A BIRTHDAY SALUTE: The celebrated Mr. K pays tribute to one of comics’ most entertaining writers…


For me, the Silver/Bronze Age title most closely associated with writer Bob Haney (March 15, 1926–Nov. 25, 2004) was DC’s The Brave and the Bold, especially the period between 1966 and 1979 when it was the regular Batman team-up book. With editor Murray Boltinoff and artists Neal Adams and Jim Aparo, Haney forged a memorable run for many Dark Knight fans of a certain age. My favorite Batman depiction of all time remains the Haney/Aparo version from the early-1970s.

Jim Aparo

Bob was an insanely prolific writer, getting his start at DC in 1954 for editor Robert Kanigher on the war titles, with occasion forays into the Westerns edited by Kanigher’s office mate, Julie Schwartz. When it started, The Brave and the Bold was an adventure title, reminiscent of kids’ television programming of the day and starring a trio of historic heroes, Robin Hood, Golden Gladiator, and the Viking Prince. With the 25th issue, B&B was transformed into a tryout title, like Showcase, with three and four issue tests of such concepts as Suicide Squad, Justice League of America, Hawkman, Cave Carson Adventures Inside the Earth, and Strange Sports Stories… until B&B #50’s first superhero team-up story, written by Bob. An early Sgt. Rock one-shot and two-issue introduction of Metamorpho (written by Haney, co-created by Ramona Fradon) aside, B&B would remain a team-up book for the rest of its existence.

Batman co-starred in a few of the early team-ups but didn’t take the regular lead in B&B until Issue #67. Neal didn’t enter the picture until #75, Aparo until #98, and Haney stayed on the book until #157 in 1979.

Neal Adams

I made a few observations about Bob’s famously casual attitude toward what little continuity existed in the DC Universe in those days, in Direct Conversations: Talks with Fellow DC Comics Bronze Age Creators, noting he “was pretty contemptuous of the whole idea of continuity. I once asked him about something from one of those Brave and the Bold stories, and he snorted and laughed and said that trying to keep all that crap straight was too much of a hassle and gave him a headache, and it was all BS anyway. Essentially, ‘When continuity gets in the way of a good story, ignore the continuity.’ He was just writing the Batman he wanted to write. I doubt he even bothered keeping up with what the other Bat-writers were doing. … I think he thought all the talk and worry over things like continuity was bullshit, like, how could grown-ups take all this fairy tale fluff so seriously?”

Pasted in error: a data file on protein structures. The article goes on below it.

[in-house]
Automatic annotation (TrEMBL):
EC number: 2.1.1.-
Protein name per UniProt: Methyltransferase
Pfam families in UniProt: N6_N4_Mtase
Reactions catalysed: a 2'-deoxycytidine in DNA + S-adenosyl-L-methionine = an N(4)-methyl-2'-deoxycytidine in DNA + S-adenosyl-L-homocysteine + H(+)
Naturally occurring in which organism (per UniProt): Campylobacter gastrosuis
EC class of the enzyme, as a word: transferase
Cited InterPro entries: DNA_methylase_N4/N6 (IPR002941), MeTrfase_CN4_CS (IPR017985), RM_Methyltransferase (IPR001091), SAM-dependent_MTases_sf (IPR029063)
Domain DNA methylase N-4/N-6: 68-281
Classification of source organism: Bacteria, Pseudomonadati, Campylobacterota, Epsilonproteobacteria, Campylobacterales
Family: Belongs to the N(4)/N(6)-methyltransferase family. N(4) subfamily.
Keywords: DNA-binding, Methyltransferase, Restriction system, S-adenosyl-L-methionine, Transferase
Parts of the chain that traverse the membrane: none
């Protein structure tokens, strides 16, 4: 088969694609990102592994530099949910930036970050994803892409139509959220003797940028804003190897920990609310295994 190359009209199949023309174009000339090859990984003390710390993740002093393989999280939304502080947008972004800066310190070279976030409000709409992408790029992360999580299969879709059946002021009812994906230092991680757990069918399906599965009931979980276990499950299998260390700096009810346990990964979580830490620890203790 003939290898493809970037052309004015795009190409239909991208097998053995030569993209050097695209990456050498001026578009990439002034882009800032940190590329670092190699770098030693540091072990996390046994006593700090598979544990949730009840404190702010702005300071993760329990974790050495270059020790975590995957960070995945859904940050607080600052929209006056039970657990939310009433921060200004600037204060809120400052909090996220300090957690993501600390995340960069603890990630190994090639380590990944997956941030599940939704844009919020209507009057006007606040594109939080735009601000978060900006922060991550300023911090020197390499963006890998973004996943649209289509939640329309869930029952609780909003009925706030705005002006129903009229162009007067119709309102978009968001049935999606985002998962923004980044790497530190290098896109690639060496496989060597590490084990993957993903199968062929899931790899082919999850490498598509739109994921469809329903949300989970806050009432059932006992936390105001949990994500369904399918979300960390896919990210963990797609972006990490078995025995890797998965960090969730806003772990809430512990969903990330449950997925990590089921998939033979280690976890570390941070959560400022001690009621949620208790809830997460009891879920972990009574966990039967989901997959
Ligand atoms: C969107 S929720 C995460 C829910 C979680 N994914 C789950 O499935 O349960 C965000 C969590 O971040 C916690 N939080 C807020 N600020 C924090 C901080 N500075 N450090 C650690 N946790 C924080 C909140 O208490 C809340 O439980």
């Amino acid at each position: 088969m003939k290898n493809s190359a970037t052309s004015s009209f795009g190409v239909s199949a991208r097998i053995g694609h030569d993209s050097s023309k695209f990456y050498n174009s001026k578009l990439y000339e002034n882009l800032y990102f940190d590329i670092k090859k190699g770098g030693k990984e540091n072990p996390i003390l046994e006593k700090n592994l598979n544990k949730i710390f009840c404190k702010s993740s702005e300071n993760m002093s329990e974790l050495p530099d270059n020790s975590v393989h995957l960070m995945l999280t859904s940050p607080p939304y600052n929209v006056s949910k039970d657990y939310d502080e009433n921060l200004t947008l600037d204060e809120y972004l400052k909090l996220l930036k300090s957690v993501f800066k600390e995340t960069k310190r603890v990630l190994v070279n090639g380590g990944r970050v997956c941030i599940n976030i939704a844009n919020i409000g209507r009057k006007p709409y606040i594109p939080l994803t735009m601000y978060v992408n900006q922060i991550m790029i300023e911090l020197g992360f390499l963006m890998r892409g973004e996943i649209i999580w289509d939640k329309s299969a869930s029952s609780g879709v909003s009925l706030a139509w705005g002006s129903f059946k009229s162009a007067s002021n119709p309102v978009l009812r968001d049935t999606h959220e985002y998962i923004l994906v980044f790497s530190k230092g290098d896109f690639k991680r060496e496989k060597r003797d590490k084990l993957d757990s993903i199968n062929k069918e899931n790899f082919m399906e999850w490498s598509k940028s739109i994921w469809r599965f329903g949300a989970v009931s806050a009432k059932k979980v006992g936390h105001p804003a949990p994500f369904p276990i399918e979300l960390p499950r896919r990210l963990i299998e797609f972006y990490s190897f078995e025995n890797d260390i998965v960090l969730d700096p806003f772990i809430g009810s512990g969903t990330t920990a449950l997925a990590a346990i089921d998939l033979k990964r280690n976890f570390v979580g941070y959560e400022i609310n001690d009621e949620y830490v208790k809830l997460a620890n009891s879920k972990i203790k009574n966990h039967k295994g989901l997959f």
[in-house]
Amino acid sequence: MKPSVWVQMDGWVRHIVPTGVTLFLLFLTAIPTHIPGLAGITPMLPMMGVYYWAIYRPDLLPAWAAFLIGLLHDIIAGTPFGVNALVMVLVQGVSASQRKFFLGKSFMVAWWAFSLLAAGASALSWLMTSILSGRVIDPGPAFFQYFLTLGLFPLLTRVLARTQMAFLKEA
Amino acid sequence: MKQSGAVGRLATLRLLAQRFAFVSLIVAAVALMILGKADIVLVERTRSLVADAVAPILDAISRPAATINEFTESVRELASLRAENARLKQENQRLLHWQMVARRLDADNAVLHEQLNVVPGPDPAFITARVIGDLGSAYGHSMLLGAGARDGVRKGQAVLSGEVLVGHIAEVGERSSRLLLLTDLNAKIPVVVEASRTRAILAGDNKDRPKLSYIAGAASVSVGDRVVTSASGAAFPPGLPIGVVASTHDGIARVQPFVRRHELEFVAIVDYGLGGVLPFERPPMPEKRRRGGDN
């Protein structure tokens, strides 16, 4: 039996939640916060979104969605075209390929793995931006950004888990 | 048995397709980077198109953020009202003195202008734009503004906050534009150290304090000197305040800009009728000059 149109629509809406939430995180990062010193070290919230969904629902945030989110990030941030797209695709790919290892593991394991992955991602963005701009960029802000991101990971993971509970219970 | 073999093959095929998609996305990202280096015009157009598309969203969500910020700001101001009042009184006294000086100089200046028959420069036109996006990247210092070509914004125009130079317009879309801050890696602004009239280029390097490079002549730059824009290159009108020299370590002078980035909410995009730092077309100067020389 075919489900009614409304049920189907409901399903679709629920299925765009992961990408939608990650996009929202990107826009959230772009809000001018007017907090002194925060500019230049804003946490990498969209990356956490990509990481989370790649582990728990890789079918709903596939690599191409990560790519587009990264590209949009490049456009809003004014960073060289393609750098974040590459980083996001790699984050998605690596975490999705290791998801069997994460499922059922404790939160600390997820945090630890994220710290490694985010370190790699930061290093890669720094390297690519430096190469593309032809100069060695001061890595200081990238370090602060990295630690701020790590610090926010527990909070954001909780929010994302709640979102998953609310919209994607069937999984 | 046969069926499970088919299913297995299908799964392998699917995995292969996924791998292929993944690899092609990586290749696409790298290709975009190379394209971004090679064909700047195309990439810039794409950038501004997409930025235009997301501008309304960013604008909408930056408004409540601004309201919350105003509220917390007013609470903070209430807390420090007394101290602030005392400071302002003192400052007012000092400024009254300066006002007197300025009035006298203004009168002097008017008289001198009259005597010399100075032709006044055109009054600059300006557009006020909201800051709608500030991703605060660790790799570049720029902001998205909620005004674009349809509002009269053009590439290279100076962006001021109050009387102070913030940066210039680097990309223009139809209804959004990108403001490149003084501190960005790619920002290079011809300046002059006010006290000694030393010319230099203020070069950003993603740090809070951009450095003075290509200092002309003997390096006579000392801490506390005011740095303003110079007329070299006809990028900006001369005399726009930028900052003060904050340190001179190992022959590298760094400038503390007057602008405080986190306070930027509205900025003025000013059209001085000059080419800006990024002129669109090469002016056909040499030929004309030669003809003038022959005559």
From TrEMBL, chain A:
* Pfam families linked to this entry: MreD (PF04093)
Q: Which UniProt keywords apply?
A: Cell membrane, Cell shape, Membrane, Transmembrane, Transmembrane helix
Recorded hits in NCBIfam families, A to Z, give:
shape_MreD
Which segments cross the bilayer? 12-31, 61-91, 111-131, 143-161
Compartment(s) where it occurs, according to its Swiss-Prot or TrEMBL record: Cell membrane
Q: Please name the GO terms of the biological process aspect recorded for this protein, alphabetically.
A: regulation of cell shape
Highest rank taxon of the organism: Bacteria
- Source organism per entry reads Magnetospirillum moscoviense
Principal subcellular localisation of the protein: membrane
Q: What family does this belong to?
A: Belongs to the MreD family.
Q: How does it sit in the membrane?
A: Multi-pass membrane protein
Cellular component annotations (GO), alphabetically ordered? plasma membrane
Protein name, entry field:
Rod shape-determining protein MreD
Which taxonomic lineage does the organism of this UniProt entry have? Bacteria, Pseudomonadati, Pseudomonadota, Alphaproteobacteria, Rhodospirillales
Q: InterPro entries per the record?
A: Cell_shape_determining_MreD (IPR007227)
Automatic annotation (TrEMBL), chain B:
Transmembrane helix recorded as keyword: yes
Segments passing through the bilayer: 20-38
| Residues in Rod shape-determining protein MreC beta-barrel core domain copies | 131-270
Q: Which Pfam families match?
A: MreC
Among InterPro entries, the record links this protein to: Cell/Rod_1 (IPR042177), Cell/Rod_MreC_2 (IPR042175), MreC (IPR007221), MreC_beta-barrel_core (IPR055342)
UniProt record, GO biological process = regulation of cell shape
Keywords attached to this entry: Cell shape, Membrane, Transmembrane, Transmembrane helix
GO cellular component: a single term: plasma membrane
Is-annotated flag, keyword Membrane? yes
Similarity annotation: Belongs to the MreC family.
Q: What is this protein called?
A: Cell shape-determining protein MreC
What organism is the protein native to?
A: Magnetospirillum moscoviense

But we’re not here to celebrate the Batman B&B (buddy Jim Beard covered that last year on this date). This year, to celebrate Bob’s birthday, I’ve decided instead to spotlight MY 13 FAVORITE BOB HANEY BRAVE AND THE BOLD STORIES — WITHOUT BATMAN:

The Brave and the Bold #12 (June – July 1957). Robin Hood in “The Apple of Peril,” art by Russ Heath. Cover by Irv Novick.

Irv Novick

The Brave and the Bold #19 (August – September 1958). “The Challenge of the Flying Horse,” art by Joe Kubert. Cover by Novick.


The Brave and the Bold #50 (October – November 1963). “Wanted—the Capsule Master!” art and cover by George Roussos.

George Roussos

The Brave and the Bold #51 (December 1963 – January 1964). “Fury of the Exiled Creature,” art and cover by Howard Purcell.

Howard Purcell

The Brave and the Bold #53 (April – May 1964). “The Challenge of the Expanding World,” art by Alex Toth. Cover by Bob Brown.

Bob Brown

The Brave and the Bold #54 (June – July 1964). “The Thousand-and-One Doons of Mr. Twister,” art and cover by Bruno Premiani.

Bruno Premiani

The Brave and the Bold #55 (August – September 1964). “Revenge of the Robot Reject,” art and cover by Ramona Fradon and Charles Paris.